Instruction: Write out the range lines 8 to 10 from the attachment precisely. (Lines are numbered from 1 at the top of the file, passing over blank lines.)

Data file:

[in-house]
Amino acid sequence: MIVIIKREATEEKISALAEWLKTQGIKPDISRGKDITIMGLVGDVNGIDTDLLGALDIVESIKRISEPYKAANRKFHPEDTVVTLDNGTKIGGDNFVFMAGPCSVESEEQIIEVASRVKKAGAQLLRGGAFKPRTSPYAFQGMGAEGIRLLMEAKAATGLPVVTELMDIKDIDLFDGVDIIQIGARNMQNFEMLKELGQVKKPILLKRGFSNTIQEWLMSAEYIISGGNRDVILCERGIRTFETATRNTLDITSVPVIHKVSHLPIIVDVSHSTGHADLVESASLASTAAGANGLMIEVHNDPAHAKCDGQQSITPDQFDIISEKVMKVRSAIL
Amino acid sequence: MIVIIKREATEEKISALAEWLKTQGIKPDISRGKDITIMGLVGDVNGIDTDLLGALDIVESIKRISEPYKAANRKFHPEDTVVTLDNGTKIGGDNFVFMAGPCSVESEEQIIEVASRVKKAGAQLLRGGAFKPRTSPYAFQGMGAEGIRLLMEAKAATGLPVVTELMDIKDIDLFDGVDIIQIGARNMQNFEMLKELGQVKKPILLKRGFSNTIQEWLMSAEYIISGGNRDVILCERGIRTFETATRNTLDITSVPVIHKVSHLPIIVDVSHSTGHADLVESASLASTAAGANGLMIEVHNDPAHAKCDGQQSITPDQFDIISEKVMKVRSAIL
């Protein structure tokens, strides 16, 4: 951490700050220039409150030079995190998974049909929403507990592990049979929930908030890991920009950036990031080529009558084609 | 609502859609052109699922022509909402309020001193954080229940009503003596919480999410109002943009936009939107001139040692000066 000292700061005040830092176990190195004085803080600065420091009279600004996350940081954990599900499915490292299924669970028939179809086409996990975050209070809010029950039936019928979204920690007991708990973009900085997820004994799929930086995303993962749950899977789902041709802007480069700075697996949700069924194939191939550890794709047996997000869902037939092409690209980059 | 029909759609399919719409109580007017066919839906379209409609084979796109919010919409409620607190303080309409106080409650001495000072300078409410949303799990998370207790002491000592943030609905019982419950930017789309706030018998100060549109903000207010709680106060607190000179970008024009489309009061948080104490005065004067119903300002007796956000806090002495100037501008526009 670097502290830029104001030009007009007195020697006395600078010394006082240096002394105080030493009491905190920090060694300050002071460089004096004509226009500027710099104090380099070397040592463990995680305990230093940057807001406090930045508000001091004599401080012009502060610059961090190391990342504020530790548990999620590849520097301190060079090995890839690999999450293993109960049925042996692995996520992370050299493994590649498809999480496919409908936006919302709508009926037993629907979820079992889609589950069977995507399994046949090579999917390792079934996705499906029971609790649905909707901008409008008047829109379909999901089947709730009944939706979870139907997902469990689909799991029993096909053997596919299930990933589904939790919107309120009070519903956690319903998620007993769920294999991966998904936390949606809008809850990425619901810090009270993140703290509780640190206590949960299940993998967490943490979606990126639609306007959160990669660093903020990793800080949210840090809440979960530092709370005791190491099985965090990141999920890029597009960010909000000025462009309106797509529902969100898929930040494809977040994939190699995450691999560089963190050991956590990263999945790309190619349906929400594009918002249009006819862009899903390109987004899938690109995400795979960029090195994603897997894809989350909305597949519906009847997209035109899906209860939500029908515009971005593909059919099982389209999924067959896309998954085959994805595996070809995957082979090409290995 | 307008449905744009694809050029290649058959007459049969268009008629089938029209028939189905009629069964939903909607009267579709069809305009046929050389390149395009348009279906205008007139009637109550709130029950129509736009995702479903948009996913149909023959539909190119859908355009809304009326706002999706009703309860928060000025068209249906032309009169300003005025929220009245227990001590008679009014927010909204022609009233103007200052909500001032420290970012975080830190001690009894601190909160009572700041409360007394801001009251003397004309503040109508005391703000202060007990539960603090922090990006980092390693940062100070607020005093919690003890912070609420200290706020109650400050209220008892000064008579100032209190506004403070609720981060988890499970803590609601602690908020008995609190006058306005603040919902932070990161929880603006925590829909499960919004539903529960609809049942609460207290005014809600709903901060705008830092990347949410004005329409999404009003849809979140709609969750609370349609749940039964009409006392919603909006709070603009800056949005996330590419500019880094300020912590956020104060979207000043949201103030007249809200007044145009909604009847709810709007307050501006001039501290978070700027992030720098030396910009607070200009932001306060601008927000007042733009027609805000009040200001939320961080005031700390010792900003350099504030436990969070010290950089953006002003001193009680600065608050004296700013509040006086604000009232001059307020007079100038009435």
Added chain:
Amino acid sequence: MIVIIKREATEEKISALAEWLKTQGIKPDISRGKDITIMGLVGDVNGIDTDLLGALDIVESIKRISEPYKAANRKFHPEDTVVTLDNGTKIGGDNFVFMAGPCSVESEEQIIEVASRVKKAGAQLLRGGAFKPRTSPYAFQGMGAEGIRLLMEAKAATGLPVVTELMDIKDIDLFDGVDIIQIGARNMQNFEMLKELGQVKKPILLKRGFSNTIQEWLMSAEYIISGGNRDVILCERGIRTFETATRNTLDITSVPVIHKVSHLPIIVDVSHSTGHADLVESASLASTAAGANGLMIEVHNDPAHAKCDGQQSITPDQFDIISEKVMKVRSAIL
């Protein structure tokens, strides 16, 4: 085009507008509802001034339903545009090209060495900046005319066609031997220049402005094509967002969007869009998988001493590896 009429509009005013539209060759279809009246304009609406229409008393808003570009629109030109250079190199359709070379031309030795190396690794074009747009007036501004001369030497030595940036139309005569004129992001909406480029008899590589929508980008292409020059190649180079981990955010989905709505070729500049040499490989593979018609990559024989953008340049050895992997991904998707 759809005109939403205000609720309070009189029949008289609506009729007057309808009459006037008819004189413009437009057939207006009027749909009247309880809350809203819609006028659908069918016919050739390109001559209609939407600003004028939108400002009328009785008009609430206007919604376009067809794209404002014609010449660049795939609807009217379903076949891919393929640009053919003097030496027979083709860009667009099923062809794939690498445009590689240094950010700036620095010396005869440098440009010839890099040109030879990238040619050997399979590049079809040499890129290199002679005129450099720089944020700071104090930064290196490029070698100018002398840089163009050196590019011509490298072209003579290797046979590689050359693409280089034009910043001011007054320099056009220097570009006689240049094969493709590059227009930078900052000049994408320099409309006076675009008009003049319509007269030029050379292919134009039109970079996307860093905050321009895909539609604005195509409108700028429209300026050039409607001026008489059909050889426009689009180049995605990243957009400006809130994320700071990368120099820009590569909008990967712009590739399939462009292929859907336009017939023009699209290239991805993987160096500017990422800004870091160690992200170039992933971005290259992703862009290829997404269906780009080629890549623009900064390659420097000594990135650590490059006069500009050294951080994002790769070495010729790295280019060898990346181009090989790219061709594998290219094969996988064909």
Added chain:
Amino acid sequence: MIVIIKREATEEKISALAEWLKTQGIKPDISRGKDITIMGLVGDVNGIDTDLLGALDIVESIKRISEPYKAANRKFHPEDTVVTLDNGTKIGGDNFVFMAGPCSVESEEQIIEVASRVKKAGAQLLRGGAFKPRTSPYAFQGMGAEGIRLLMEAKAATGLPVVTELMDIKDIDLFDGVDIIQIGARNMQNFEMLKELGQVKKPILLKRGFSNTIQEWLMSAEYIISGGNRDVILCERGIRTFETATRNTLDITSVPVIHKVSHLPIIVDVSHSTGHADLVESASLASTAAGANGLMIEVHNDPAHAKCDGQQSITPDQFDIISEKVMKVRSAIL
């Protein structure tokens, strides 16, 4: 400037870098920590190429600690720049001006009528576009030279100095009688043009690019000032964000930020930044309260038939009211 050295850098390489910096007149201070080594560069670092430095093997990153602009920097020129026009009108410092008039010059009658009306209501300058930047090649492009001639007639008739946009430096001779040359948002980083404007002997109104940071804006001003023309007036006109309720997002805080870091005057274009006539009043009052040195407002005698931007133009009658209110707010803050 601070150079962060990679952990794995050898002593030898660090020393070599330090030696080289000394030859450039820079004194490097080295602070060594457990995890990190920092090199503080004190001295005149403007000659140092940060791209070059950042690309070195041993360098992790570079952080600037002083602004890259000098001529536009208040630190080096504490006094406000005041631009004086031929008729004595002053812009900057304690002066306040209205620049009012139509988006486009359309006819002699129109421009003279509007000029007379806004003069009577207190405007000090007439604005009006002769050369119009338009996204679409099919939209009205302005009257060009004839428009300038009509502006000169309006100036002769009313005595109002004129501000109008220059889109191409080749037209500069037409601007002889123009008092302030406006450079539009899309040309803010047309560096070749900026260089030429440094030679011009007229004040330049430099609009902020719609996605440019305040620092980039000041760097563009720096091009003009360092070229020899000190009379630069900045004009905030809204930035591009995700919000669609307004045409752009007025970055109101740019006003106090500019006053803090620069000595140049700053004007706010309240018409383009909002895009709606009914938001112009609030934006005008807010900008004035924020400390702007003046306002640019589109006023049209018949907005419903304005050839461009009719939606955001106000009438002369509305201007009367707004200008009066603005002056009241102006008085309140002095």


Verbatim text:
Added chain:
Amino acid sequence: MIVIIKREATEEKISALAEWLKTQGIKPDISRGKDITIMGLVGDVNGIDTDLLGALDIVESIKRISEPYKAANRKFHPEDTVVTLDNGTKIGGDNFVFMAGPCSVESEEQIIEVASRVKKAGAQLLRGGAFKPRTSPYAFQGMGAEGIRLLMEAKAATGLPVVTELMDIKDIDLFDGVDIIQIGARNMQNFEMLKELGQVKKPILLKRGFSNTIQEWLMSAEYIISGGNRDVILCERGIRTFETATRNTLDITSVPVIHKVSHLPIIVDVSHSTGHADLVESASLASTAAGANGLMIEVHNDPAHAKCDGQQSITPDQFDIISEKVMKVRSAIL
């Protein structure tokens, strides 16, 4: 400037870098920590190429600690720049001006009528576009030279100095009688043009690019000032964000930020930044309260038939009211 050295850098390489910096007149201070080594560069670092430095093997990153602009920097020129026009009108410092008039010059009658009306209501300058930047090649492009001639007639008739946009430096001779040359948002980083404007002997109104940071804006001003023309007036006109309720997002805080870091005057274009006539009043009052040195407002005698931007133009009658209110707010803050 601070150079962060990679952990794995050898002593030898660090020393070599330090030696080289000394030859450039820079004194490097080295602070060594457990995890990190920092090199503080004190001295005149403007000659140092940060791209070059950042690309070195041993360098992790570079952080600037002083602004890259000098001529536009208040630190080096504490006094406000005041631009004086031929008729004595002053812009900057304690002066306040209205620049009012139509988006486009359309006819002699129109421009003279509007000029007379806004003069009577207190405007000090007439604005009006002769050369119009338009996204679409099919939209009205302005009257060009004839428009300038009509502006000169309006100036002769009313005595109002004129501000109008220059889109191409080749037209500069037409601007002889123009008092302030406006450079539009899309040309803010047309560096070749900026260089030429440094030679011009007229004040330049430099609009902020719609996605440019305040620092980039000041760097563009720096091009003009360092070229020899000190009379630069900045004009905030809204930035591009995700919000669609307004045409752009007025970055109101740019006003106090500019006053803090620069000595140049700053004007706010309240018409383009909002895009709606009914938001112009609030934006005008807010900008004035924020400390702007003046306002640019589109006023049209018949907005419903304005050839461009009719939606955001106000009438002369509305201007009367707004200008009066603005002056009241102006008085309140002095």